Steve Yang Ph.D., financial engineering professor at the School of Systems and Enterprises (SSE) at Stevens Institute of Technology, has been nominated to the Distinguished Visiting Scholars Program at the Securities and Exchange Commission (SEC). The highly-selective scholars program invites academic researchers from leading universities. During his week-long visit, Yang will collaborate with SEC economists and staff, and provide expert insights on matters of great importance to the SEC.
Dr. Yang’s research, which intersects XBRL technology, text analytics and finance, was recognized by the Division of Economic and Risk Analysis (DERA), the arm of the SEC charged with integrating financial economics and data analytics into the agency’s central mission.
“I’ve been doing research related to using XBRL technology and text analytics to extract information automatically from structured and unstructured data in disclosures,” Yang said. “These types of technologies can help regulators identify misleading information in disclosures.”
Identifying anomalies in corporate financials
Thousands of financial filings are reviewed by a handful of examiners at the SEC each quarter. They are tasked with closely reading the financial disclosures of companies with two goals in mind: to make sure that the information disclosed by corporations is accurate and to protect investors from falsified information. If the SEC examiners find problems, they engage the companies and begin a dialogue.
“In the past, forms of manipulation in financial disclosures were done through phone calls and emails,” said Yang. “However, now with the Internet, smart phones and social media – all the platforms used today – people have at their disposal all different types of media to manipulate the market.”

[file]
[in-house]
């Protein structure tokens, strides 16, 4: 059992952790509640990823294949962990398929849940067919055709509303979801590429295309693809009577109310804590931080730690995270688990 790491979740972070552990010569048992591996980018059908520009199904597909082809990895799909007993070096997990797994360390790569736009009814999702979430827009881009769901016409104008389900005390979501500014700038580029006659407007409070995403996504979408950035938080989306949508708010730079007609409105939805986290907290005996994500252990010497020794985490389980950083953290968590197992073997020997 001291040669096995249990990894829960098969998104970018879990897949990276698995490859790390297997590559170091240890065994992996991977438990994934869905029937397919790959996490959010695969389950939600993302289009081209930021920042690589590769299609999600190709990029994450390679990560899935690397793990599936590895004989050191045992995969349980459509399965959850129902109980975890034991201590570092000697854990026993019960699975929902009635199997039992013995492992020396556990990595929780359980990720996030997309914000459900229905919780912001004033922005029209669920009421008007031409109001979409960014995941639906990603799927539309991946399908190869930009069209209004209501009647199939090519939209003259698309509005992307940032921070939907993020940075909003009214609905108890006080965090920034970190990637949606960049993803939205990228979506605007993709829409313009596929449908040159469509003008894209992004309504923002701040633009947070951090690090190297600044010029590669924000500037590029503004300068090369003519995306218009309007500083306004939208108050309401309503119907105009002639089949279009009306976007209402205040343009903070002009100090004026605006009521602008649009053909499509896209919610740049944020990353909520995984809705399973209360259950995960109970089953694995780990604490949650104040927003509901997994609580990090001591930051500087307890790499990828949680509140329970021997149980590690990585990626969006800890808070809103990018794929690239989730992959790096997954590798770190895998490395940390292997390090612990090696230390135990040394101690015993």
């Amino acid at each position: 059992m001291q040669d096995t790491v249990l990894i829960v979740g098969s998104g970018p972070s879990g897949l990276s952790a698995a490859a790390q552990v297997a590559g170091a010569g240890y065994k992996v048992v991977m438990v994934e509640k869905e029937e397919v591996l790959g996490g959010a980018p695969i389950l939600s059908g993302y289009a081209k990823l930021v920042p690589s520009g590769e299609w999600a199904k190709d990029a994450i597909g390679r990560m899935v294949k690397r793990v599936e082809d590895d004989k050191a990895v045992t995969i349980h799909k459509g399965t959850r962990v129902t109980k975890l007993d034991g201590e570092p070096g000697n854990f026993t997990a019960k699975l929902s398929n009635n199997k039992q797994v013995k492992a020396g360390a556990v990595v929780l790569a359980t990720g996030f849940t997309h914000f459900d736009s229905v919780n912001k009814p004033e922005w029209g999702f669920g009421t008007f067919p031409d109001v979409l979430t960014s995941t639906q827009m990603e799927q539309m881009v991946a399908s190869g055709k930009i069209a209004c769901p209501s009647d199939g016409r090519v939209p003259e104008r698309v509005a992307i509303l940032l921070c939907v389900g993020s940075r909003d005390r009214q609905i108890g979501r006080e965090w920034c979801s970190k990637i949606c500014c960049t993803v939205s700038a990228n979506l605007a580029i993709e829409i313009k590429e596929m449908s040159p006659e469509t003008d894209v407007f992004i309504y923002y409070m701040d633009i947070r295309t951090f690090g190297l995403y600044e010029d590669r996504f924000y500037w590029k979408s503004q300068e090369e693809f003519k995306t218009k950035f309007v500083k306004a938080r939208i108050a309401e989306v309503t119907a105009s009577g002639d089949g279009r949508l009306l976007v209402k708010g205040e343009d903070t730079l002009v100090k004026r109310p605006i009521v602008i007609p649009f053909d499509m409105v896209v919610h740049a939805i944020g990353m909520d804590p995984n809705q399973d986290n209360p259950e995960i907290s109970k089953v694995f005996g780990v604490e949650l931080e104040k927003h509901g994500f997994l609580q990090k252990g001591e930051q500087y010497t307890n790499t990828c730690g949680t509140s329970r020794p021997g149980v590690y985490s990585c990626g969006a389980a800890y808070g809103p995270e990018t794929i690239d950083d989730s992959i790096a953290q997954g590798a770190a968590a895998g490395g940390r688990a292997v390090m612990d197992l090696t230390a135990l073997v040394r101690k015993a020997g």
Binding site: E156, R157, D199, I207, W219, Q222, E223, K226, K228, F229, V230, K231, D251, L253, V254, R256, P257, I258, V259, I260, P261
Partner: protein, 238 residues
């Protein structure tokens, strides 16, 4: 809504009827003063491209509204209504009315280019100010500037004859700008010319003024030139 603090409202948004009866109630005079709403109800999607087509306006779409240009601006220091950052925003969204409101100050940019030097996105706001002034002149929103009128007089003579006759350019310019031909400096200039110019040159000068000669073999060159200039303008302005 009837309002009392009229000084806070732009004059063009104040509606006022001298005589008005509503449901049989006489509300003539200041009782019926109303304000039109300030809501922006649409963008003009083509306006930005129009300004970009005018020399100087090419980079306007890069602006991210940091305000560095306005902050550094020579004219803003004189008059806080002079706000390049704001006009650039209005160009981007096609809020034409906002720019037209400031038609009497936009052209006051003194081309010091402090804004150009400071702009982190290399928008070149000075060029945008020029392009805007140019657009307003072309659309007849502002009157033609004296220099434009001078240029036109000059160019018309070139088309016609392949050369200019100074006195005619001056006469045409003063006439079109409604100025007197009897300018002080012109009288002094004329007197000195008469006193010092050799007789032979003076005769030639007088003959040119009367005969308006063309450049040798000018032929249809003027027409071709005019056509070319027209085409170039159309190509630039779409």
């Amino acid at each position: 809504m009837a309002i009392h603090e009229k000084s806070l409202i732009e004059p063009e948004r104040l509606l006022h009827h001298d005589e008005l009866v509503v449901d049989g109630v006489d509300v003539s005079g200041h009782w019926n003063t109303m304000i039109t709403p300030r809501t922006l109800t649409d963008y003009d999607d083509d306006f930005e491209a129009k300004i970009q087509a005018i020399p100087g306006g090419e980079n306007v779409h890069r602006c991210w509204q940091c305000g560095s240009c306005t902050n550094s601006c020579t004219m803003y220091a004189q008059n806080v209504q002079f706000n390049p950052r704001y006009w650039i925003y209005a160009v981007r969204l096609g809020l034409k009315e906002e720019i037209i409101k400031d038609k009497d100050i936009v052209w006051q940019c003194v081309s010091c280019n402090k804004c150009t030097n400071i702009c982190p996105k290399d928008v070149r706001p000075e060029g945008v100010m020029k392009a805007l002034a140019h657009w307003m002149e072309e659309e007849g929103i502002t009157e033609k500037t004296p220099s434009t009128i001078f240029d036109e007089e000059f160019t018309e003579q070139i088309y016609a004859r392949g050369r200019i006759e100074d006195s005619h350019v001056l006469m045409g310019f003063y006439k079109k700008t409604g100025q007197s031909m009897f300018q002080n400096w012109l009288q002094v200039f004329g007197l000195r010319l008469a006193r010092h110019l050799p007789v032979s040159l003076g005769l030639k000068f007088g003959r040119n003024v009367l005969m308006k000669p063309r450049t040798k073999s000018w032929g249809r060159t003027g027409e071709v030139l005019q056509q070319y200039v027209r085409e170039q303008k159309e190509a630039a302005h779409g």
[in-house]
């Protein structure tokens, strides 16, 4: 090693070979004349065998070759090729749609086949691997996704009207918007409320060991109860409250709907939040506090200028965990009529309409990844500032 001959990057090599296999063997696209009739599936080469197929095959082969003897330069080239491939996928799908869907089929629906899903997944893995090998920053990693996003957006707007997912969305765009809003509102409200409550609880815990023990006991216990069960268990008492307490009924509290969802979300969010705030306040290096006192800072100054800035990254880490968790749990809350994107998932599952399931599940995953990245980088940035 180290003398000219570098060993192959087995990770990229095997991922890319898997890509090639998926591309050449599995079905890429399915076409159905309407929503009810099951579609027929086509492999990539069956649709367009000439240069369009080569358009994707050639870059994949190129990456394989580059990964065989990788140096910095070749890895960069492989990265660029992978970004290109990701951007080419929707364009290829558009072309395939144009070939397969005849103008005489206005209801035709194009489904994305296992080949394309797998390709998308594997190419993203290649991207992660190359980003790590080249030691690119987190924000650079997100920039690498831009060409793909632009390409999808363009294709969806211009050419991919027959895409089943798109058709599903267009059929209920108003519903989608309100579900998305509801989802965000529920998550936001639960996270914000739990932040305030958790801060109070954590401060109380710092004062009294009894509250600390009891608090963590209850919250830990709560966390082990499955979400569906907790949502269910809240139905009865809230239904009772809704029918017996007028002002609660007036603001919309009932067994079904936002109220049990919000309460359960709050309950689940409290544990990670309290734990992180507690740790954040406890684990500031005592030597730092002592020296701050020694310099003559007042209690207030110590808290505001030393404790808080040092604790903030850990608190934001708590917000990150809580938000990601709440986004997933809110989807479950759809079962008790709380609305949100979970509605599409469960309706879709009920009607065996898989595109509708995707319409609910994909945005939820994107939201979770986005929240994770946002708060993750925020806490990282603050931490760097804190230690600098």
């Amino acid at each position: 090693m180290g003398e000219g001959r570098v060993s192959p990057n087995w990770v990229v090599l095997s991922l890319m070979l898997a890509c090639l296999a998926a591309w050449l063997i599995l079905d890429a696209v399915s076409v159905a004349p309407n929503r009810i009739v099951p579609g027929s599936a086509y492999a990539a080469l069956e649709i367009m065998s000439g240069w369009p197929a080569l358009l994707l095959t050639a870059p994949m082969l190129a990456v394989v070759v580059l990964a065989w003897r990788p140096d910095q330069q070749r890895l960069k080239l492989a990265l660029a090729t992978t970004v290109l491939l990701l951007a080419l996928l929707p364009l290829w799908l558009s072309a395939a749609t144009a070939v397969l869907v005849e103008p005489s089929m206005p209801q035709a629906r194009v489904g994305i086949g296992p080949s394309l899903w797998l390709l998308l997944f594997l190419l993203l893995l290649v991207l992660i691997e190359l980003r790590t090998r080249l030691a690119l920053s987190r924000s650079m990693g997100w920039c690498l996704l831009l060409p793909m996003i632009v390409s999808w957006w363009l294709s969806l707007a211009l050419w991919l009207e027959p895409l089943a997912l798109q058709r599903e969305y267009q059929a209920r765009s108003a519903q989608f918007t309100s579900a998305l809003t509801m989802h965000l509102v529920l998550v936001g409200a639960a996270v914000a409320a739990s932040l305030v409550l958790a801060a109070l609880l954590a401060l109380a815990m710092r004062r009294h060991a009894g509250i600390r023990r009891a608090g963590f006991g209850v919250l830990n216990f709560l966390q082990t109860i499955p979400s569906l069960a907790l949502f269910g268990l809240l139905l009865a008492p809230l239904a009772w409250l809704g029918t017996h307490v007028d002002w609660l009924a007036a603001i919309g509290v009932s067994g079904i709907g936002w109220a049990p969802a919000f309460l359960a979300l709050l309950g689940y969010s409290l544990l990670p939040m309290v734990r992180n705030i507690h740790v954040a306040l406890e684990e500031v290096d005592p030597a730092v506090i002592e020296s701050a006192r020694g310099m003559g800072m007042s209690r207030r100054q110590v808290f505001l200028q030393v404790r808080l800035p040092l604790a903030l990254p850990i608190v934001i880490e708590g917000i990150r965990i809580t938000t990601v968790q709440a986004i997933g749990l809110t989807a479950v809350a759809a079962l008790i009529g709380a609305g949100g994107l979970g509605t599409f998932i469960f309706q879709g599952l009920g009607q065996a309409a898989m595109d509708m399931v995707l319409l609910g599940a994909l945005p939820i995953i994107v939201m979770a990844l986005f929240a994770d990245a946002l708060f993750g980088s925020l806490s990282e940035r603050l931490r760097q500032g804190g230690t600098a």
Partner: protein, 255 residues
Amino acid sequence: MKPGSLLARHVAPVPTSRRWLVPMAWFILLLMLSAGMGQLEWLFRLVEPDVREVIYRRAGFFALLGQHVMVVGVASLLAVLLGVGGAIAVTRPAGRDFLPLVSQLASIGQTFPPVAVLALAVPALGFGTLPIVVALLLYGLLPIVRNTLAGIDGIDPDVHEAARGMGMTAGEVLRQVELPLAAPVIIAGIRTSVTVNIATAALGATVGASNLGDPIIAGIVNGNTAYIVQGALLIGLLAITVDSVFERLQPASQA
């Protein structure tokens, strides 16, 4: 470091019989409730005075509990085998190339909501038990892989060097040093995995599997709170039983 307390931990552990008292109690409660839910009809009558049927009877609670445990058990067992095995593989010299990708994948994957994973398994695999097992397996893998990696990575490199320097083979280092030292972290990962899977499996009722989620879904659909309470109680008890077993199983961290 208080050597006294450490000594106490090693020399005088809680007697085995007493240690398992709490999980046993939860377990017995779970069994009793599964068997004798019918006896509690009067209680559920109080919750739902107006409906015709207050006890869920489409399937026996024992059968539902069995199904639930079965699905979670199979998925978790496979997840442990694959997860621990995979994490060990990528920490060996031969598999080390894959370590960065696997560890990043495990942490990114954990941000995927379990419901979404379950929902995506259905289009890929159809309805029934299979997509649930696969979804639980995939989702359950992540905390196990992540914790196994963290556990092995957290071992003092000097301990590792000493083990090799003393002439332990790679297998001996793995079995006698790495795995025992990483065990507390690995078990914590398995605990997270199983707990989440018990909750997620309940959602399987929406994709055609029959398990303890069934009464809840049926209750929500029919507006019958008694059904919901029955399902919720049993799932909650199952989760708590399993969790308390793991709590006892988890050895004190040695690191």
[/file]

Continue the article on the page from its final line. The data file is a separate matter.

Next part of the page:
As newer technologies transform the way companies publicize and share financial disclosure information, regulators are increasingly challenged in verifying the accuracy of the data and detecting fraud. Yang’s research in text analytics and algorithmic trading can help regulators identify outliers in corporate financials.
“There are algorithms out there that can read content like news articles and text disclosures,” said Yang. “By using these algorithms, regulators can detect certain patterns that will be useful for different purposes such as fraud identification and enforcement.”
As for his nomination to the scholars program, Yang said, “I’m really honored to be chosen as a scholar and look forward to the exchange of ideas.” He adds that other SSE faculty can offer expertise in various areas useful to the SEC, particularly in regards to financial information text mining.
“An ongoing collaborative relationship between the SEC and SSE will not only help to uncover opportunities for innovation in financial regulation, but also strengthen our academic research efforts,” said Yang.